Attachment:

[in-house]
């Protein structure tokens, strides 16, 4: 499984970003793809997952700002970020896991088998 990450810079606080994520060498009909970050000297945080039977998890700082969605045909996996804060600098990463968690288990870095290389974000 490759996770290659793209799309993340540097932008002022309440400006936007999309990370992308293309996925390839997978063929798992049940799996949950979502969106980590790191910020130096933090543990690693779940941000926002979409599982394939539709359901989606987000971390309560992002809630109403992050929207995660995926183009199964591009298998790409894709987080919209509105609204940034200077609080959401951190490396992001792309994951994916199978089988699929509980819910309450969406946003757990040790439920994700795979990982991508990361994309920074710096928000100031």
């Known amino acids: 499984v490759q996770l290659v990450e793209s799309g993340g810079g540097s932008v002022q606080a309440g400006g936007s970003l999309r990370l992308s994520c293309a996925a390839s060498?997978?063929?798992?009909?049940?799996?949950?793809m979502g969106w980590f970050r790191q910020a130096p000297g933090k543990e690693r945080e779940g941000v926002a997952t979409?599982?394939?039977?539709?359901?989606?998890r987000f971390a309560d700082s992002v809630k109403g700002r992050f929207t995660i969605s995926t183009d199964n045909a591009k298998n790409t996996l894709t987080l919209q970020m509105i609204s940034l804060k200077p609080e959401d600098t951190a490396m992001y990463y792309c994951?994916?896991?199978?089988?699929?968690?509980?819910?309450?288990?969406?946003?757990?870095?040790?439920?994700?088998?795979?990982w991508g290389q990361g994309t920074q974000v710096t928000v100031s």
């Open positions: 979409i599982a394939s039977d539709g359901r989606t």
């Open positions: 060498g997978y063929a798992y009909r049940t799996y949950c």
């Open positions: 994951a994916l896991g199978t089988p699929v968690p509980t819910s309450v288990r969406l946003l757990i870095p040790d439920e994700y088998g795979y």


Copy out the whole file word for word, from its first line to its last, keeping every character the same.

[in-house]
């Protein structure tokens, strides 16, 4: 499984970003793809997952700002970020896991088998 990450810079606080994520060498009909970050000297945080039977998890700082969605045909996996804060600098990463968690288990870095290389974000 490759996770290659793209799309993340540097932008002022309440400006936007999309990370992308293309996925390839997978063929798992049940799996949950979502969106980590790191910020130096933090543990690693779940941000926002979409599982394939539709359901989606987000971390309560992002809630109403992050929207995660995926183009199964591009298998790409894709987080919209509105609204940034200077609080959401951190490396992001792309994951994916199978089988699929509980819910309450969406946003757990040790439920994700795979990982991508990361994309920074710096928000100031």
């Known amino acids: 499984v490759q996770l290659v990450e793209s799309g993340g810079g540097s932008v002022q606080a309440g400006g936007s970003l999309r990370l992308s994520c293309a996925a390839s060498?997978?063929?798992?009909?049940?799996?949950?793809m979502g969106w980590f970050r790191q910020a130096p000297g933090k543990e690693r945080e779940g941000v926002a997952t979409?599982?394939?039977?539709?359901?989606?998890r987000f971390a309560d700082s992002v809630k109403g700002r992050f929207t995660i969605s995926t183009d199964n045909a591009k298998n790409t996996l894709t987080l919209q970020m509105i609204s940034l804060k200077p609080e959401d600098t951190a490396m992001y990463y792309c994951?994916?896991?199978?089988?699929?968690?509980?819910?309450?288990?969406?946003?757990?870095?040790?439920?994700?088998?795979?990982w991508g290389q990361g994309t920074q974000v710096t928000v100031s």
């Open positions: 979409i599982a394939s039977d539709g359901r989606t």
């Open positions: 060498g997978y063929a798992y009909r049940t799996y949950c």
């Open positions: 994951a994916l896991g199978t089988p699929v968690p509980t819910s309450v288990r969406l946003l757990i870095p040790d439920e994700y088998g795979y």